Contra Tuba * .................................... 61 ” Orchestral Trumpet .......................... 66 ” Tuba * ................................................ 66 ” Tuba Clarion * .................................. 78 ” Tuba Chorus (8’) ........................ DERIVED TREMULANT (does not affect Tubas)

ANTIPHONAL (V)
enclosed; * indicates 8” wind, otherwise 3 7/8” wind 10 stops; 13 ranks; 803 pipes

ORCHESTRAL STRING (IV)
enclosed; 10” wind 15 stops; 21 ranks; 1,342 pipes

CHOIR (I)
enclosed; 3 7/8” wind 18 stops; 22 ranks; 1,347 pipes

16’ 8’ 8’ 8’ 8’ 4’ 4’ 4’ 2 2/3’ 2’ 2’ 1 3/5’ 1 1/3’ 1’
IV II

16’ 8’ 8’ 8’ 8’
III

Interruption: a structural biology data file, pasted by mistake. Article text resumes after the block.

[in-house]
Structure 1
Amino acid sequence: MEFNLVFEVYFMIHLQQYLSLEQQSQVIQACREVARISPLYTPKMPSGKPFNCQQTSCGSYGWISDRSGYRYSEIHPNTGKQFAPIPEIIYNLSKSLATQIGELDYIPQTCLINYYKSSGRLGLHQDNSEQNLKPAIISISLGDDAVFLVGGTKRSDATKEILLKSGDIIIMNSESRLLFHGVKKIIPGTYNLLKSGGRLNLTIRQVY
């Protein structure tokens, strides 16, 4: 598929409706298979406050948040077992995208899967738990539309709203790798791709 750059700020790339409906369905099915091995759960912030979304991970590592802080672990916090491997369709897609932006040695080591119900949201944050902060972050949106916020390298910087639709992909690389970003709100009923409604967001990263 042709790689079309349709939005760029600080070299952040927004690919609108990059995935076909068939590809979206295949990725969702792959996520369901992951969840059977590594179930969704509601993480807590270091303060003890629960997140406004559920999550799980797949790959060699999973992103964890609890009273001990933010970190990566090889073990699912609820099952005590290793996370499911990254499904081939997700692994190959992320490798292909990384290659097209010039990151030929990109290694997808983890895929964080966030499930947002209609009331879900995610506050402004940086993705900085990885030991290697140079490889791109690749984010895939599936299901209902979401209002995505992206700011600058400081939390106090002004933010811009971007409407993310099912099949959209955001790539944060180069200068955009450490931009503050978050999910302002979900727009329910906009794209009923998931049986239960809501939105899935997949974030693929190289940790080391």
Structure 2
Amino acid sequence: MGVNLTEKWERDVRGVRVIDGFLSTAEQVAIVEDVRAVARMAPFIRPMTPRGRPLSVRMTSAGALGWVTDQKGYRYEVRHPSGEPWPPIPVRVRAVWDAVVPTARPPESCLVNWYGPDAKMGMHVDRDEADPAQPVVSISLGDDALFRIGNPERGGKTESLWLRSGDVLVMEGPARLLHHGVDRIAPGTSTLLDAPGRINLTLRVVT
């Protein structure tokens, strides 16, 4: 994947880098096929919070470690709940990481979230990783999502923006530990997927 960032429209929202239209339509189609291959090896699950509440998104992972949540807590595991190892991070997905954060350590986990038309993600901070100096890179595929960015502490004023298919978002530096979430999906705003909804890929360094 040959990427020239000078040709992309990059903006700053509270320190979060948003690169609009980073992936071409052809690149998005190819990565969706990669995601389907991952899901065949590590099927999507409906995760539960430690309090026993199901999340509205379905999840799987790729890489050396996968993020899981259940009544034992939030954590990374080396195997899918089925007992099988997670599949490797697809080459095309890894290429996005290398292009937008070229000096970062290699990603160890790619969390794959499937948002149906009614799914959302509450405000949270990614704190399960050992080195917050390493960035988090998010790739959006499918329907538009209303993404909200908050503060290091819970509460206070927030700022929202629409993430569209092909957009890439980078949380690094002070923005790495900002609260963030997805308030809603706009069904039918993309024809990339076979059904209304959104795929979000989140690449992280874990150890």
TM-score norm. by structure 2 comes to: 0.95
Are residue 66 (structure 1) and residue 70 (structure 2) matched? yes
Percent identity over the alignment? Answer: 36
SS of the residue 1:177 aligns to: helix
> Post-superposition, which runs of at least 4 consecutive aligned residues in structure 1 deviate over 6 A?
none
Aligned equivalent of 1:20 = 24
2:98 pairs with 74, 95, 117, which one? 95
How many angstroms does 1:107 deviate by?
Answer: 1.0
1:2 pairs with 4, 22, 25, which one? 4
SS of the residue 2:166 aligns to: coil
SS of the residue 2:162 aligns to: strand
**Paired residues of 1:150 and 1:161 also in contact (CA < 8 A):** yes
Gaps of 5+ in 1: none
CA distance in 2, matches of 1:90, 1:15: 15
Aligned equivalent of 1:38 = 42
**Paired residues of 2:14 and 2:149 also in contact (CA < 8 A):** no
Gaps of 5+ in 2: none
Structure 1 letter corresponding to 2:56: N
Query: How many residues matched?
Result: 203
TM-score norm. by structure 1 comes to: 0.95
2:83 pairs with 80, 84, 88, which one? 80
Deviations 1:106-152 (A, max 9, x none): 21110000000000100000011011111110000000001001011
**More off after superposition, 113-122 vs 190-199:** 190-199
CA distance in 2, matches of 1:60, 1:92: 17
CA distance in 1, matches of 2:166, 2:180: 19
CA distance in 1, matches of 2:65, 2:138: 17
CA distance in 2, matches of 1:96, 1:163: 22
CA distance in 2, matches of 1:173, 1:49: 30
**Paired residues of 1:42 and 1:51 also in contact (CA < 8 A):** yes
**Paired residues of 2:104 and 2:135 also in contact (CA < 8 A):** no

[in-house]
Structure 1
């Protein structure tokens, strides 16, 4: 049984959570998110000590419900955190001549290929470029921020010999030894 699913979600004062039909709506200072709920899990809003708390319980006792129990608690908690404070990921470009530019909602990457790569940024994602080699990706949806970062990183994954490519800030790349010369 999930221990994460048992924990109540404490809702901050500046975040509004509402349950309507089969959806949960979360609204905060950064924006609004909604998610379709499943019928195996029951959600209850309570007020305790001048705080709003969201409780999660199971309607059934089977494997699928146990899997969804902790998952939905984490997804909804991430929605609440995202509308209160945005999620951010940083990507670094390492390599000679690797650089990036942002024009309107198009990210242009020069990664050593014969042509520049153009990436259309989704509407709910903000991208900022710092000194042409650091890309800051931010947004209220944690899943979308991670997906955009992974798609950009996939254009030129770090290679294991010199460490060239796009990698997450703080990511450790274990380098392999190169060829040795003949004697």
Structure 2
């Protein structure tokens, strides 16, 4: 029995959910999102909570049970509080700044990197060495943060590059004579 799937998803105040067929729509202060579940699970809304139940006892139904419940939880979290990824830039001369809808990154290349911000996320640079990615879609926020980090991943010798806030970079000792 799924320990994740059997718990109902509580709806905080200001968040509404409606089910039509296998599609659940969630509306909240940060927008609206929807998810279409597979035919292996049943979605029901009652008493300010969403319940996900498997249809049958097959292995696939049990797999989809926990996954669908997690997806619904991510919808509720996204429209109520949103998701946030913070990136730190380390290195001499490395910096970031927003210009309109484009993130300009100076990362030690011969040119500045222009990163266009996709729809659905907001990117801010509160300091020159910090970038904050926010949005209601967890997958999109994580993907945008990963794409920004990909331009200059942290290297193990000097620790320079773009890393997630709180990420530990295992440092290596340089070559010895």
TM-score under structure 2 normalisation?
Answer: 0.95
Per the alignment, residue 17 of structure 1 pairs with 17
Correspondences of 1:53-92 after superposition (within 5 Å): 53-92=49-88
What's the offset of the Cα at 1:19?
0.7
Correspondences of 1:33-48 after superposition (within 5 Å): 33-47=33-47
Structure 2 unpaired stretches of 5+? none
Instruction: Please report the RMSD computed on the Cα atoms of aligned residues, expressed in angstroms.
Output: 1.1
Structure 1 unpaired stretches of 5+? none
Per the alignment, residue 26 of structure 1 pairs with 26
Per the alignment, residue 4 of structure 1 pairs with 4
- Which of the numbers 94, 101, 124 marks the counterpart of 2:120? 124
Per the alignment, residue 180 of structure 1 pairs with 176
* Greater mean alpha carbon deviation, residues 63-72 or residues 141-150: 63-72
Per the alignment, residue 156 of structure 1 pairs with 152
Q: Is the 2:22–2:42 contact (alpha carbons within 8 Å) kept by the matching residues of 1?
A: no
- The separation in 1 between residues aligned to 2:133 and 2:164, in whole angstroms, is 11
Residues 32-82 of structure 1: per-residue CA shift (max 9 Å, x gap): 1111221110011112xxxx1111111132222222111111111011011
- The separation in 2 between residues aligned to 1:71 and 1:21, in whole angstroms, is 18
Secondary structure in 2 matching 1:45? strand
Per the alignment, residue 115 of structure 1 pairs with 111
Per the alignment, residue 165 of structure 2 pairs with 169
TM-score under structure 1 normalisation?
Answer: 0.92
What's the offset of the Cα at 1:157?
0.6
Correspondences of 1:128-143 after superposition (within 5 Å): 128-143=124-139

Gemshorn (ext. of 8’) .................. 12 pipes Italian Principal .................................. 61 ” Chimney Flute ................................... 61 ” Gemshorn .......................................... 61 ” Gemshorn Celeste (fr. c13) ................ 49 ” Principal .............................................. 61 ” Flûte triangulaire ................................ 61 ” Octave Gemshorn ............................ 61 ” Nazard ................................................ 61 ” Octave ................................................. 61 ” Quarte de nazard ............................... 61 ” Tierce .................................................. 61 ” Larigot ................................................ 61 ” Fife ...................................................... 61 ” Mixture (22-26-29-33) ........................ 244 ” Jeu de Clochettes (36-38) ................. 122 ” Dulzian ............................................... 61 ” Echo Trumpet ................................... 66 ” Cremona ............................................. 61 ” TREMULANT Clarinet ............................................. SOLO Festival Trumpet .................. ANTIPHONAL Tuba Chorus (8’) ....................... FANFARE CHIMES, HARP and CELESTA